Fresh from releasing her brand new EP, 'PAPTIVITIES', Pap Chanel shares her dream collaborations, musical inspirations, and rise to success.
Pap Chanel is the latest artist to come firing out of Atlanta’s red-hot rap scene with her high-energy tunes and intoxicating character. Her most recent release, ‘PAPTIVITIES’ is a project of self-love, which she extends out to her ever-growing fanbase. Channelling the “Pretty & Paid” mantra through and through, the EP tracks the star’s rise from freestyling through to today, being signed to a major record label and collaborating with the likes of Future and Blac Youngsta.
Taking a look back at the rapper’s evolution, Pap – real name Jaida – was born and raised in a small town in Georgia, just 90 minutes outside of Atlanta. Raised around five brothers, she was surrounded by the sounds of hip-hop greats, including T.I. and Lil Wayne, and began writing her own bars aged six – in the form of poetry.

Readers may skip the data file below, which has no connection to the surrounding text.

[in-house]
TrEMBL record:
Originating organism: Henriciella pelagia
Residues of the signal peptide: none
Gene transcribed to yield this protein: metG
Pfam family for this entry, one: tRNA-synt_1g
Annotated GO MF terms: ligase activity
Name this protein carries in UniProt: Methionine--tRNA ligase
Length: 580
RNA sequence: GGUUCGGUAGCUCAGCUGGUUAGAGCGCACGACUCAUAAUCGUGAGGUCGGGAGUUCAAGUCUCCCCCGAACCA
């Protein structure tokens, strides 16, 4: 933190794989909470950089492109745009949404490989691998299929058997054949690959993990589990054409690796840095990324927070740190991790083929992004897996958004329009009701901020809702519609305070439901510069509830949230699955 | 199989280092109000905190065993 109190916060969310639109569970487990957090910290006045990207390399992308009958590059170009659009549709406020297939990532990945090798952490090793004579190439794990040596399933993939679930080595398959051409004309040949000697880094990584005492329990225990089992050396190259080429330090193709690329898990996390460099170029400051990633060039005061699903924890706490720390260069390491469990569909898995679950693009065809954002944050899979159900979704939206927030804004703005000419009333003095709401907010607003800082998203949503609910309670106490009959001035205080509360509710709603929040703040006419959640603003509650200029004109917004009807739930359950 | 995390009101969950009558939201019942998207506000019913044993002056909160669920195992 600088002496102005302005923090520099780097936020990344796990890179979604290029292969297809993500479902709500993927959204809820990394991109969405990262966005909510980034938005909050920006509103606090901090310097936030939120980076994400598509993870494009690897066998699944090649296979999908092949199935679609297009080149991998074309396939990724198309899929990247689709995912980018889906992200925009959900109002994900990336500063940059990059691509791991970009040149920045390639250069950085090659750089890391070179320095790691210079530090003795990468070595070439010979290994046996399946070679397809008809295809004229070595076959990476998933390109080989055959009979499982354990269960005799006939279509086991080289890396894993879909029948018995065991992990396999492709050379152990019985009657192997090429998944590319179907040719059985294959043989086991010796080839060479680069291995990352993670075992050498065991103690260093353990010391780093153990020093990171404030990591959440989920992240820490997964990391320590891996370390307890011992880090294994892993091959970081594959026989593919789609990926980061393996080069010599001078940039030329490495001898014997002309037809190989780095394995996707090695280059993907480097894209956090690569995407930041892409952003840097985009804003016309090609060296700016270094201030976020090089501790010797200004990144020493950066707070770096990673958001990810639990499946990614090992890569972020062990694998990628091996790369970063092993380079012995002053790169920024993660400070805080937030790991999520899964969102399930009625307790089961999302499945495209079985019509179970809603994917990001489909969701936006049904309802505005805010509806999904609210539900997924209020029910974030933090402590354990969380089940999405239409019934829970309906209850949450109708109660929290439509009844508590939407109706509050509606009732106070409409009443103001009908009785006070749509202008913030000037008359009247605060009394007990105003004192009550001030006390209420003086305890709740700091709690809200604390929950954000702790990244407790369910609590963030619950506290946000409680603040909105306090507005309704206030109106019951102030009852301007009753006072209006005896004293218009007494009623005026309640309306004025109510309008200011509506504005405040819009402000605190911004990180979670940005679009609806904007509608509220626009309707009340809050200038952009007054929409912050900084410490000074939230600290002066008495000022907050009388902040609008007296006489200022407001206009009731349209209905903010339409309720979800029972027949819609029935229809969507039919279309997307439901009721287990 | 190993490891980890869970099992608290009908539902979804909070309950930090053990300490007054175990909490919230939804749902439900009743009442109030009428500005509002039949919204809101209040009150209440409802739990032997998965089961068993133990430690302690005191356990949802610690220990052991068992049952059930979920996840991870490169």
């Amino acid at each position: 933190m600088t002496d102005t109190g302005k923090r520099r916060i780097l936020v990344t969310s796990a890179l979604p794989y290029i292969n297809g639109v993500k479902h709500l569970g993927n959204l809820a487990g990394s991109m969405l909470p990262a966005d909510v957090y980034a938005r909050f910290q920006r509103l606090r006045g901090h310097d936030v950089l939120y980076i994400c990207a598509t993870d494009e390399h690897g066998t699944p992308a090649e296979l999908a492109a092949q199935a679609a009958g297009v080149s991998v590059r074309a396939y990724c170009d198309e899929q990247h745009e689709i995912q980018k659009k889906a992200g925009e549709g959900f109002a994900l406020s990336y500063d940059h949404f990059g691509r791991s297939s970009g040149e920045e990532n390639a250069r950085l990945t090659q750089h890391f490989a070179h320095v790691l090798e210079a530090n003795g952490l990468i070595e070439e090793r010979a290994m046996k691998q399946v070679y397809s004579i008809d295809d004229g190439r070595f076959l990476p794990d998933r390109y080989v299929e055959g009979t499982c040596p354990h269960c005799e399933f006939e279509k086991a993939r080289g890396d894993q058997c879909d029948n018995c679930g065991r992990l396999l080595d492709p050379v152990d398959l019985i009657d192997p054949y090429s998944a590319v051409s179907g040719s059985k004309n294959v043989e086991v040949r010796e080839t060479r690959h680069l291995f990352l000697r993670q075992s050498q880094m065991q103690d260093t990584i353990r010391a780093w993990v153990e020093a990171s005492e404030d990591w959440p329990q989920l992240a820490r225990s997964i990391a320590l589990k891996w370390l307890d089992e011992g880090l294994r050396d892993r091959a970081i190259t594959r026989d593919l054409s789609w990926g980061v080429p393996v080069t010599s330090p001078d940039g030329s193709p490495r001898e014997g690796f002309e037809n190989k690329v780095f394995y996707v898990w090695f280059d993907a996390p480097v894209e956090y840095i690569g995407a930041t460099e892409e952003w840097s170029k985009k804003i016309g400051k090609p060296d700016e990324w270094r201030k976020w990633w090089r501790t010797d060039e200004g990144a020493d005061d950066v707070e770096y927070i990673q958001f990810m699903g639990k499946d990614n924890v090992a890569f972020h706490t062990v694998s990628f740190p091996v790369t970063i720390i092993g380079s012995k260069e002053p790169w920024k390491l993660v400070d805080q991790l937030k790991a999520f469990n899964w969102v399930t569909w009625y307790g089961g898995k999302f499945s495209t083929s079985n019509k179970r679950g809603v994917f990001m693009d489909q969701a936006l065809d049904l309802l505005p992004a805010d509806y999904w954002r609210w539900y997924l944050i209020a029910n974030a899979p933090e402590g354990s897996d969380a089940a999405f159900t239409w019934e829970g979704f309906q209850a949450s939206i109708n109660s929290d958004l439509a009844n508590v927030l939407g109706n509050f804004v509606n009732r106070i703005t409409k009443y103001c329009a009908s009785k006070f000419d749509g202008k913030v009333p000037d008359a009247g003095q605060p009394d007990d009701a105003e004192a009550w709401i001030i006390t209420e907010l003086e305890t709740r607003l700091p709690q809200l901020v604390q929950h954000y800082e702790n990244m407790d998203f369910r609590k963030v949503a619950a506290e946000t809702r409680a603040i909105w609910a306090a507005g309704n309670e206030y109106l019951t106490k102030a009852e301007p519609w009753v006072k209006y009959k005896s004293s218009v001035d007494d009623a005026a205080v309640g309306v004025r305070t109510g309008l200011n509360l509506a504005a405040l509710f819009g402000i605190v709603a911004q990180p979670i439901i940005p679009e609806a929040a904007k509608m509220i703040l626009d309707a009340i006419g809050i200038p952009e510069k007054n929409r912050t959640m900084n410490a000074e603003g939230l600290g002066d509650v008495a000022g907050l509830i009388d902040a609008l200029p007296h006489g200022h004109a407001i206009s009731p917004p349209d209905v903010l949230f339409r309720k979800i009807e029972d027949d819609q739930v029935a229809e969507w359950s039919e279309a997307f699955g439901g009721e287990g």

Inspired by female rap legends including Nicki Minaj and Foxy Brown, she started to set her sights high. In her teens, she adopted the name “Pap Chanel”, and turned her poems into menacing freestyles. It wasn’t until 2020 mid-pandemic, following her first-ever feature on Quan DaKing’s “Add It Up”, that she released her debut project, ‘Pretty & Paid’.
Where things took a turn was with the sequel, ‘Pretty & Paid 2.0’ in 2021. Boasting collaborations with Future and Blac Younsta, the release evidenced her ever-expanding versatility. It shot up to number one on the US iTunes hip-hop/ rap charts, a total game changer for the Atlantan newcomer.
Today, with the steam of ‘PAPTIVITIES’ still driving her forwards, we caught up with Pap Chanel to discuss dream collaborations, songwriting being an outlet, and what’s on the cards this year.
Let’s start with your newly-released EP “PAPTIVITIVES”, could you talk us through what the EP means to you and how it came about?
Over the years, I’ve noticed that all my queens out here loved saying they’re ‘Pretty & Paid’, and this is something I stamped a long time ago. So when I created ‘PAPTIVITIVES’, I wanted everybody to know it’s a lifestyle. ‘PAPTIVITIVES’ is the art of exhibiting the characteristics of being ‘Pretty & Paid’, so I’m just welcoming people into my world and letting them know that I’m here to stay. It took a minute for me to create this project because last year, I had to really tap into my creativity and my artistry to present the best version of Pap Chanel.
When people hear your new release for the first time, how do you want them to react?